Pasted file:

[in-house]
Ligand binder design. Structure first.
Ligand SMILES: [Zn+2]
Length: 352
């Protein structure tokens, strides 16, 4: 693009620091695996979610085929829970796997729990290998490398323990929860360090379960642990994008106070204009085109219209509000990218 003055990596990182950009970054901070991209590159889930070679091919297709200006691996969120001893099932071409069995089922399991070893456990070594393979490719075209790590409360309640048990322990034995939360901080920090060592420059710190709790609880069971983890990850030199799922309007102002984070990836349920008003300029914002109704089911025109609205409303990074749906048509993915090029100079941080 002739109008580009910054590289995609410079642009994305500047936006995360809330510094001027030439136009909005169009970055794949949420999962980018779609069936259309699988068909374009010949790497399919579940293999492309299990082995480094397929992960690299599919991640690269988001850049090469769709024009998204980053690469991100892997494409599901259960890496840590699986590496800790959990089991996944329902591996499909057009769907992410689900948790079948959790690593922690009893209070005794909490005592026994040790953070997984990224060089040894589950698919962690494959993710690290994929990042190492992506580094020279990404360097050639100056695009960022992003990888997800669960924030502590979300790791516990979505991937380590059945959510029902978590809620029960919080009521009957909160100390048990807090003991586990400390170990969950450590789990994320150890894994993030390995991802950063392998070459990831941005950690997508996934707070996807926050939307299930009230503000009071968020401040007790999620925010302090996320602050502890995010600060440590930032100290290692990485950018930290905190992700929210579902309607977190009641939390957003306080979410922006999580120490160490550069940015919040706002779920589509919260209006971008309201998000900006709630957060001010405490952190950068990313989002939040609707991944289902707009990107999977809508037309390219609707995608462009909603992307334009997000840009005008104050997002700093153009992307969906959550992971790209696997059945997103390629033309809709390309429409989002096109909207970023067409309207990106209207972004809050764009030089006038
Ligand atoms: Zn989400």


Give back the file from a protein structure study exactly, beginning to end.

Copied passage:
[in-house]
Ligand binder design. Structure first.
Ligand SMILES: [Zn+2]
Length: 352
């Protein structure tokens, strides 16, 4: 693009620091695996979610085929829970796997729990290998490398323990929860360090379960642990994008106070204009085109219209509000990218 003055990596990182950009970054901070991209590159889930070679091919297709200006691996969120001893099932071409069995089922399991070893456990070594393979490719075209790590409360309640048990322990034995939360901080920090060592420059710190709790609880069971983890990850030199799922309007102002984070990836349920008003300029914002109704089911025109609205409303990074749906048509993915090029100079941080 002739109008580009910054590289995609410079642009994305500047936006995360809330510094001027030439136009909005169009970055794949949420999962980018779609069936259309699988068909374009010949790497399919579940293999492309299990082995480094397929992960690299599919991640690269988001850049090469769709024009998204980053690469991100892997494409599901259960890496840590699986590496800790959990089991996944329902591996499909057009769907992410689900948790079948959790690593922690009893209070005794909490005592026994040790953070997984990224060089040894589950698919962690494959993710690290994929990042190492992506580094020279990404360097050639100056695009960022992003990888997800669960924030502590979300790791516990979505991937380590059945959510029902978590809620029960919080009521009957909160100390048990807090003991586990400390170990969950450590789990994320150890894994993030390995991802950063392998070459990831941005950690997508996934707070996807926050939307299930009230503000009071968020401040007790999620925010302090996320602050502890995010600060440590930032100290290692990485950018930290905190992700929210579902309607977190009641939390957003306080979410922006999580120490160490550069940015919040706002779920589509919260209006971008309201998000900006709630957060001010405490952190950068990313989002939040609707991944289902707009990107999977809508037309390219609707995608462009909603992307334009997000840009005008104050997002700093153009992307969906959550992971790209696997059945997103390629033309809709390309429409989002096109909207970023067409309207990106209207972004809050764009030089006038
Ligand atoms: Zn989400």